Himam, p. 113).
    aqeeda into the Madhhab world that, in time, they came to be considered integral with
    the Madhhabs. Such does not reflect the thinking at the period of origins, and the
    Muslim world has the Salafi’s to thank for identifying and announcing that fact.
    Having said that, a person can easily understand why the Salafi movement and the
    Madhhabs are frequently considered at odds with one another. For although in truth
    they are not, in practice the adherents to these different schools frequently fail to
    separate the issues. Too many ignorant ‘Salafi’s’ reflexively dismiss the fiqh of the
    Madhhabs, throwing the baby out with the bathwater, so to speak, because they do not
    differentiate between the importance of the fiqh of the Madhhabs and the deviations in
    belief and practice which became associated with Madhhabs over time. Other Salafi’s
    erroneously consider differences in fiqh to be the main issue, whereas in fact the main
    issues are those listed above. On the other side of the equation, Madhhab adherents
    frequently view Salafi’s with animosity because Salafi ideology challenges the
    aqeeda and Sufism which they have come to consider integral with their particular
    Madhhab. This animosity is, of course, real, and upon these issues a person simply
    has to take sides — for or against Sufism, for or against Ashari or Maturidi aqeeda,
    etc. Let us recognize, however, that it is not the fiqh of the Madhhabs that is being
    challenged so much as the errors in aqeeda, deviation into Sufism, stagnation in fiqh,
    blind following on the part of the adherents, and adoption of non-Islamic practices.
    The end result is that those Muslims with balance typically align themselves upon a
    middle path between extremes, seeking the good within both groups, which in the
    opinion of this author means recognizing the excellence of the fiqh of the Madhhabs
    on one hand, and the merit of Salafi reforms on the other.
    This opinion is not without precedent, for all of the scholars who revived Salafi
    ideology (including Shaykh al-Islam Ibn Taymeeyah, Ibn Qayyim al-Jawzeeyah, and
    Muhammad ibn Abdul-Wahhaab), began their studies as adherents to one of the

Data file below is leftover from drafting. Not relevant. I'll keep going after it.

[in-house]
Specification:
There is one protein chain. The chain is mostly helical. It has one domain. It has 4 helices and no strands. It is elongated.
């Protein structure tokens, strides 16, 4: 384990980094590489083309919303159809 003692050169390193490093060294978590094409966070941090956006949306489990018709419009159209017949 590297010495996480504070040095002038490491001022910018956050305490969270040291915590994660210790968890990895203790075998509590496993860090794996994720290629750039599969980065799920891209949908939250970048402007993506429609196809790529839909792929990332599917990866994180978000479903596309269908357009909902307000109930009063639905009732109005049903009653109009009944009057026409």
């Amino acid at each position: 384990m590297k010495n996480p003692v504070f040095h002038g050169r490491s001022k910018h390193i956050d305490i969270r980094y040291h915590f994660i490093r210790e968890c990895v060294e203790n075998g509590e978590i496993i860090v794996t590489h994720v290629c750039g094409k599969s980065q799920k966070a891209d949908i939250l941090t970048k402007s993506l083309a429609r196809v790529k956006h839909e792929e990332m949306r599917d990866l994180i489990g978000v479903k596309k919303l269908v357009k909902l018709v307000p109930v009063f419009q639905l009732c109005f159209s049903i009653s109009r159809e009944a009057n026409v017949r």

traditional Madhhabs, endorsed this pathway of study, and never sought to overthrow
    any of these schools of fiqh. Rather, they sought to revive the Madhhabs, but at the
    same time reform the manner in which were followed. Furthermore, none of these
    scholars ever claimed to have established a new school of fiqh, despite the fact that,
    given their popularity and scholastic achievement, they undoubtedly could have had
    they thought it appropriate. And, in fact, at each point of history during the past
    millennia the vast majority of Muslims, laity and scholars alike (Salafi scholars
    included), have adhered to one of the four traditional Madhhabs.
    In light of the above, and considering that the majority of Muslims have been united
    upon the process of following the fiqh of the Madhhabs for over a thousand years, a
    person might wish to recall the hadith that records Muhammad as having taught,
    “My ummah (nation) will never unite upon an error.”23

Some scholars (typically those of the Madhhabs) consider the following of a Madhhab
to be obligatory upon laity, whereas others (typically those of the Salafi movement)
do not. Whichever opinion a person accepts, it would be good to notice that virtually
all scholars, regardless of school, recognize and honor the excellence of the fiqh of the
four Madhhabs.

23 Tirmidhi (2167), Ibn Majah (3950), Ahmad (17060)
Similarly, the merits of the Salafi movement are numerous, and relatively transparent.